The importance of sturdy trekking boots also becomes apparent in protecting you from twisting an ankle or worse. You can also expect steps (which can be steep in places) and scree along the trek route. Sometimes the path runs alongside a river, other times it contours along the side of a mountain, and at other times it’s a challenging up or down.

There will be yaks on the paths transporting goods. You can expect to encounter them all along the trek. When this happens on a narrow path, it’s important to step to the side of the trail that’s against the mountain, so that if you’re bumped you fall uphill rather than down. Nobody wants the word yak in their obituary.

Ours. Dez and Bren group shot EBC trek trail Ama Dablam

Trekkers admire Ama Dablam (the strikingly shaped mountain to the right)

Training for Everest Base Camp

As you likely already know, walking on different surfaces affects your body differently. A treadmill, for instance, places less strain on your ankles, knees and hips as it offers a degree of shock absorption. Treadmills also don’t strengthen your ankles in the same way that uneven surfaces do. So while training on a treadmill or paved surface is excellent exercise, in preparing for the EBC trek it’s not as ideal as training in natural terrain. For this reason we encourage you to do actual hikes as part of your training.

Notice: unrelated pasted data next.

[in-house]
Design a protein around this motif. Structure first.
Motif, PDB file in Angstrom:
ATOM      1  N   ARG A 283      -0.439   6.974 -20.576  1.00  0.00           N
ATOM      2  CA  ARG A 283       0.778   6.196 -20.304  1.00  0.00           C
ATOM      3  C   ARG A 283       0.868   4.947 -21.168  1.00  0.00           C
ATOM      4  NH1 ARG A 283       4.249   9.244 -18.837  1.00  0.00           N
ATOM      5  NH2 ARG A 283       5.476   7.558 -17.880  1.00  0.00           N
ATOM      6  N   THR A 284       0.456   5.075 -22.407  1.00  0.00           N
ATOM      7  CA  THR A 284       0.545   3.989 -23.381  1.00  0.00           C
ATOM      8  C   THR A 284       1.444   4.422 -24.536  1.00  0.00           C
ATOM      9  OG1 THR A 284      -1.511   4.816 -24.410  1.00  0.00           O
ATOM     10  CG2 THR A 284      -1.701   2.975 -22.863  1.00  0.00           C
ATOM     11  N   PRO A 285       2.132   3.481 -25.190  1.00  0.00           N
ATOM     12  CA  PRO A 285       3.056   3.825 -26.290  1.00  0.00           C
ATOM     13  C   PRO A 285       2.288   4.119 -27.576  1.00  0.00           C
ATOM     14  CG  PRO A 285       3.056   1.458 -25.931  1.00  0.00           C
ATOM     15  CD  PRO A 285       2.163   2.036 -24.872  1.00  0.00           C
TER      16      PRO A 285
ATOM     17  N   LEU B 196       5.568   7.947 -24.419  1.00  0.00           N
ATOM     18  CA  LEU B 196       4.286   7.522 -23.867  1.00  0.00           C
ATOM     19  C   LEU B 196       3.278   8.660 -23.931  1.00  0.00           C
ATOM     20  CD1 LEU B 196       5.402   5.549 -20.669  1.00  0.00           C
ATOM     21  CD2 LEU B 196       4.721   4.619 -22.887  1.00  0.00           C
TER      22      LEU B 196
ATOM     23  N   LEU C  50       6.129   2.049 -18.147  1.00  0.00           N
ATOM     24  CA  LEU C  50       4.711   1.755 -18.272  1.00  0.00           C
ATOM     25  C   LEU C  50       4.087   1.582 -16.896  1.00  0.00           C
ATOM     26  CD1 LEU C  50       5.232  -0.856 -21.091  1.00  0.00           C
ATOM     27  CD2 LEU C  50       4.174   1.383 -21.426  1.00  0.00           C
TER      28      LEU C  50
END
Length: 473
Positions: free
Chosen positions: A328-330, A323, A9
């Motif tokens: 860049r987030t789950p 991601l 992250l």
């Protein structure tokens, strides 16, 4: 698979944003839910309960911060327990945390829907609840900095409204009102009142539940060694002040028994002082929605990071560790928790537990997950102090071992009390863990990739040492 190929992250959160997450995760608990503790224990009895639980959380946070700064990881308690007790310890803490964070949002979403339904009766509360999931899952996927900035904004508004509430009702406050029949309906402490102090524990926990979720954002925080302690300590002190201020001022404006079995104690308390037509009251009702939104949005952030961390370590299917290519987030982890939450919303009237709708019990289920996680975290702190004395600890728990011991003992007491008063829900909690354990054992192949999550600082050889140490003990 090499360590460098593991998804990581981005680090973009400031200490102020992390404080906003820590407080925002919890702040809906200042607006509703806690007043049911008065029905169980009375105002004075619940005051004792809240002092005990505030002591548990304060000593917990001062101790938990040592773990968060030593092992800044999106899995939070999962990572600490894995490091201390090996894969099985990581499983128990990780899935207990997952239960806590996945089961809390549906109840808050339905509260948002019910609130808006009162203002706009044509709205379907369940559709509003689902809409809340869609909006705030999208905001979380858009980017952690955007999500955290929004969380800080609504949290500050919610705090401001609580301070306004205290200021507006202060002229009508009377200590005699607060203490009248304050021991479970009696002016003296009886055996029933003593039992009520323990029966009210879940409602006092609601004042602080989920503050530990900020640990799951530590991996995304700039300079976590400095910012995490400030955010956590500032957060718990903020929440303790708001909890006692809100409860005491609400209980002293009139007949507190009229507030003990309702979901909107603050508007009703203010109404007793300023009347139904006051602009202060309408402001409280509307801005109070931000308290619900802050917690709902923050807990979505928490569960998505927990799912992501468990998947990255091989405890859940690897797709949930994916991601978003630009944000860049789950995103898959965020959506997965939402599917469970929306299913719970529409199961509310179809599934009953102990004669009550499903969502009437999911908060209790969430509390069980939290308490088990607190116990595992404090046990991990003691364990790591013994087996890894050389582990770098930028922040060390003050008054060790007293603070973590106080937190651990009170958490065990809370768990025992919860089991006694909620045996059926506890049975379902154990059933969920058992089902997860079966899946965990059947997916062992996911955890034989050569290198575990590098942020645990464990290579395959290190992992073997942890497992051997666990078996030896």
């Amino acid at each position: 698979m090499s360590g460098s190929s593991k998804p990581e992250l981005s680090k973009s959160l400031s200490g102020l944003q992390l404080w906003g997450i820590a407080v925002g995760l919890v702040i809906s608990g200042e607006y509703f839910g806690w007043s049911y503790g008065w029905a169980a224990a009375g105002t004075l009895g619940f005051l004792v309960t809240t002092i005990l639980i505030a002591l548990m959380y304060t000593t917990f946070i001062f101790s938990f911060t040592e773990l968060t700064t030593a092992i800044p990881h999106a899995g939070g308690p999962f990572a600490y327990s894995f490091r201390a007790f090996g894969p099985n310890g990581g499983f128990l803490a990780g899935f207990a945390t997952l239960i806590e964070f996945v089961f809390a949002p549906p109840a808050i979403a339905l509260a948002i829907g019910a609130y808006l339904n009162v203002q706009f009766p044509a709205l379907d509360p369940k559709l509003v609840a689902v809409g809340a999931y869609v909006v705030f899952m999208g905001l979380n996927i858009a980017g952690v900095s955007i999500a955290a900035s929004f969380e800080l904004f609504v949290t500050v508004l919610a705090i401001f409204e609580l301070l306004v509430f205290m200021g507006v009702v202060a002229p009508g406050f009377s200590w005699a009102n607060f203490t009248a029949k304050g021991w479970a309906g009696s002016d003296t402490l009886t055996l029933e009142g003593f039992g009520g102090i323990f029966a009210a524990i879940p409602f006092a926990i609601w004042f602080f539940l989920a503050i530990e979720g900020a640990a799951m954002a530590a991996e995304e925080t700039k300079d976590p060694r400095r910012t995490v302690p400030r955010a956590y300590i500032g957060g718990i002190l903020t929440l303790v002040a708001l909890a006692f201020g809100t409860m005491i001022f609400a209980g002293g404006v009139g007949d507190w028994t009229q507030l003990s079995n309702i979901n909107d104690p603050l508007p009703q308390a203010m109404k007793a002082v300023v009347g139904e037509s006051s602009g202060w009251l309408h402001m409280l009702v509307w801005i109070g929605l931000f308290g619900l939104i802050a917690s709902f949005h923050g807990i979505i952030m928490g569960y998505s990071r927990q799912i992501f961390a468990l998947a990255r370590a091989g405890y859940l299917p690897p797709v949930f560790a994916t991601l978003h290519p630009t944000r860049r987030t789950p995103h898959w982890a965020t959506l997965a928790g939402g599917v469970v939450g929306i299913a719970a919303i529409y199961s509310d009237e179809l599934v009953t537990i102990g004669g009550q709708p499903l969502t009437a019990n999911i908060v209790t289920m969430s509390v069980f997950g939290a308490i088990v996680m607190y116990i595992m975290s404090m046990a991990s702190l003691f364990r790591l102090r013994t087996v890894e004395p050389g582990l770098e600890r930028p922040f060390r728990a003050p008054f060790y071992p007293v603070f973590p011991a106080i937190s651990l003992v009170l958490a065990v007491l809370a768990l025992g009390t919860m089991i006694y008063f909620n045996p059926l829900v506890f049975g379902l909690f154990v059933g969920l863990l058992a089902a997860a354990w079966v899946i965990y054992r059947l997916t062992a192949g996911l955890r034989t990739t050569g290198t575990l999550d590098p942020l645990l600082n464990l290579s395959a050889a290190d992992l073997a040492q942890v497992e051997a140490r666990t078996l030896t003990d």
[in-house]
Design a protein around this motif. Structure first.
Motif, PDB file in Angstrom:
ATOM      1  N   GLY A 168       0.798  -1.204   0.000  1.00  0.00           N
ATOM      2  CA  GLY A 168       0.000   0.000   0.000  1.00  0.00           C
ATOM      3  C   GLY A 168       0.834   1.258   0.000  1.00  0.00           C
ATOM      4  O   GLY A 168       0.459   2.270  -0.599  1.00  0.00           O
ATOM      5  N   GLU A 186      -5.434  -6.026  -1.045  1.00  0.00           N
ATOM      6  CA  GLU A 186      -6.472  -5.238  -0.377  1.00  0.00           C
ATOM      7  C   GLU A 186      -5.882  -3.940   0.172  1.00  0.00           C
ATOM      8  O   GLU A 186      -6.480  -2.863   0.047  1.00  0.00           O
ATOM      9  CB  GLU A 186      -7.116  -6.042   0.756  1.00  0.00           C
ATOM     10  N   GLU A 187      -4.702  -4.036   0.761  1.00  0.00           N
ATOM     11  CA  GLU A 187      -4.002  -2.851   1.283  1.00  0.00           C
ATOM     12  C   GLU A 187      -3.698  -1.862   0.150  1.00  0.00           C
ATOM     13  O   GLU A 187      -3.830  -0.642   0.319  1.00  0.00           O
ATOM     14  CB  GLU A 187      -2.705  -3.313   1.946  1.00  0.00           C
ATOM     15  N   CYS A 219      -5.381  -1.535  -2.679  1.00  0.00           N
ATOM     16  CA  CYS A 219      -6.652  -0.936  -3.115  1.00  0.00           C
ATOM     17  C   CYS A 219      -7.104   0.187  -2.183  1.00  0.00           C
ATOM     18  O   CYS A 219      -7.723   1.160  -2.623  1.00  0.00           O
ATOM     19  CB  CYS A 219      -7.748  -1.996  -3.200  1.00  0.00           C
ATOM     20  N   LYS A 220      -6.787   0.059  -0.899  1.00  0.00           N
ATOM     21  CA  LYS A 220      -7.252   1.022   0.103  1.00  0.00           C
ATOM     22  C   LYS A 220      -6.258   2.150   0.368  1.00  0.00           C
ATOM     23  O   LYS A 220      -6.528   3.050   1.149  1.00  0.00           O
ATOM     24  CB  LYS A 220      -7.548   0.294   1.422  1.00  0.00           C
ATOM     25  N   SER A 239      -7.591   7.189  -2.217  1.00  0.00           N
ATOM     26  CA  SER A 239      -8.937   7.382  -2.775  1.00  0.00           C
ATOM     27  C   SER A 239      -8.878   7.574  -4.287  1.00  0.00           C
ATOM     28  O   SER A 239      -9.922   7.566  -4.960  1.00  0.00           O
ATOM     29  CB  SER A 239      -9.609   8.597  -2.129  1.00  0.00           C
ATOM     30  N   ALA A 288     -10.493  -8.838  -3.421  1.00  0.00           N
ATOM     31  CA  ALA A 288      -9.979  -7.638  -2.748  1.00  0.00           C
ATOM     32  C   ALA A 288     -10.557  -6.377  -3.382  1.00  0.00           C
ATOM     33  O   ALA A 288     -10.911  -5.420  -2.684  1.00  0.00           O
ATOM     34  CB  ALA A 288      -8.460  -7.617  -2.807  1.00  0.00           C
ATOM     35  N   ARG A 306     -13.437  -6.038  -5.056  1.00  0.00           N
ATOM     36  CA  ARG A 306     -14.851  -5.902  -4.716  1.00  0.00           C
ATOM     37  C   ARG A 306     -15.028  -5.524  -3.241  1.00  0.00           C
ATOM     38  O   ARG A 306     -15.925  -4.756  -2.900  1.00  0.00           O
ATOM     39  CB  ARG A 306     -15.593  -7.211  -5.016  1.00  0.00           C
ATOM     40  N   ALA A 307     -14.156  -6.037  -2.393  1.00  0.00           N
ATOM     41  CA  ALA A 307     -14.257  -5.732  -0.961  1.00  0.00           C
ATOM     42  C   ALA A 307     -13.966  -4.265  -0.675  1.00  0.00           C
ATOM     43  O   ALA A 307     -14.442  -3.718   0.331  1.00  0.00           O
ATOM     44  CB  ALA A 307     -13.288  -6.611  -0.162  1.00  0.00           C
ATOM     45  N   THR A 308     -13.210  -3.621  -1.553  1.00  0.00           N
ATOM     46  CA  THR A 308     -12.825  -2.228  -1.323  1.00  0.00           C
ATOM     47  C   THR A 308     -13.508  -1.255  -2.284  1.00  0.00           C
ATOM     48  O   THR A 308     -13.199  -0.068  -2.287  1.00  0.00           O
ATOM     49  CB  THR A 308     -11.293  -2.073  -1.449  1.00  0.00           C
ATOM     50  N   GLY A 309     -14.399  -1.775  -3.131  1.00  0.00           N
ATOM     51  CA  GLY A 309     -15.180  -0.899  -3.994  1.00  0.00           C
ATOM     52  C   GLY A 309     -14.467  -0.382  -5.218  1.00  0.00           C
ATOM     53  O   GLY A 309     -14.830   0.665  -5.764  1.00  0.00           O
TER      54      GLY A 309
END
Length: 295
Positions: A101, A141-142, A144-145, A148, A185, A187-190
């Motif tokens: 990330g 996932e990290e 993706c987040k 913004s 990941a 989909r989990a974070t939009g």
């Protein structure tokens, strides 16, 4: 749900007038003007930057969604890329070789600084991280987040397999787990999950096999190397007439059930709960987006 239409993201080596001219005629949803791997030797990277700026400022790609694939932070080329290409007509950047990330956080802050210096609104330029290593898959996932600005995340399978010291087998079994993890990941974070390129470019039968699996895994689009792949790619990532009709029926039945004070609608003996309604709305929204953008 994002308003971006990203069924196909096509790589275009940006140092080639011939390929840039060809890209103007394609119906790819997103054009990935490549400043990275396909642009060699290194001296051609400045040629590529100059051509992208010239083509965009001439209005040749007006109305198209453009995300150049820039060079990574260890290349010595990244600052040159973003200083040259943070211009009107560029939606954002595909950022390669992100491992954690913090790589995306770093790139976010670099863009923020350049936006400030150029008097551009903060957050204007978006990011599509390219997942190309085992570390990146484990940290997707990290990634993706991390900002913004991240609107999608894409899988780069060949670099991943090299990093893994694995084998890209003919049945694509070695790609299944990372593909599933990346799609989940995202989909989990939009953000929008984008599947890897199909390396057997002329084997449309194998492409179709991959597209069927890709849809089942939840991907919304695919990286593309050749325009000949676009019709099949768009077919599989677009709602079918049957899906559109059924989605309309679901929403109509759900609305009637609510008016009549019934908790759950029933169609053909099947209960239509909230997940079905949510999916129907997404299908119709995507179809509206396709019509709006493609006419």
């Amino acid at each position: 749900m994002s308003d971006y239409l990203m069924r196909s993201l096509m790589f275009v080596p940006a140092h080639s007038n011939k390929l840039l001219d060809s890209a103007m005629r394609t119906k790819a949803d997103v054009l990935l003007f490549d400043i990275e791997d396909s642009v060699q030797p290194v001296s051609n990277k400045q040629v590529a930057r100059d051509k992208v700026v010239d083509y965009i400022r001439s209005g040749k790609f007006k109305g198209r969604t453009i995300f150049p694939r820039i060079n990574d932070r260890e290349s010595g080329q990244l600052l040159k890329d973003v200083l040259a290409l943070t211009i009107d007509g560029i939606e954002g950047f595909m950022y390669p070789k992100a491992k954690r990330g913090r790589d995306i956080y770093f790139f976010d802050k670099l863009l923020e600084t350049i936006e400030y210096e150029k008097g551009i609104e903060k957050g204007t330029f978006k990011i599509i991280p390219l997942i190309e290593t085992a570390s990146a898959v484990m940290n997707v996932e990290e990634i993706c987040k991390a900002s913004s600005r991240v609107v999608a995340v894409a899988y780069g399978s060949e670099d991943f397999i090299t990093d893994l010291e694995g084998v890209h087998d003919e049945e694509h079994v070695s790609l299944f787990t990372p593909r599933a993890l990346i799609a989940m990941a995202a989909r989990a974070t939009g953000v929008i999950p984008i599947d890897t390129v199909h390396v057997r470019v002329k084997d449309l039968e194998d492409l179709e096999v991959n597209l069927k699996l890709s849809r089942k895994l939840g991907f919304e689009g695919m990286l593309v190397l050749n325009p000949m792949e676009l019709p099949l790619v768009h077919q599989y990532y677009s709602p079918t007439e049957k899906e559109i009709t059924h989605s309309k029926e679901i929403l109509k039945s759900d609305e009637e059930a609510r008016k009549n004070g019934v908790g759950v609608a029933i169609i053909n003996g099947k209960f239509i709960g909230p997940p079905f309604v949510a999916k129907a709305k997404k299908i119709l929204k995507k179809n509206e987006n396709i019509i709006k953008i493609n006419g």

Training hikes

Training hikes are also ideal for testing out the socks, boots and rucksack or backpack you plan to use on the trek. It’s important to wear in your socks and shoes to check there are no niggles.

The same goes for your rucksack or backpack. Hiking with a bag prior to the trek is also helpful in building up your shoulder strength.

We recommend following the Everest Base Camp packing list and as you would bring on increasingly lengthy hikes. The longest trekking day on the EBC trek is seven and a half hours, which includes uphills. If you’re able to comfortably hike for eight hours in a day in varied terrain while carrying a backpack containing water and backup clothes, then you’ll do just fine on the EBC trek.


One of the difficult aspects of trekking to Everest Base Camp that most of us cannot prepare for is the altitude.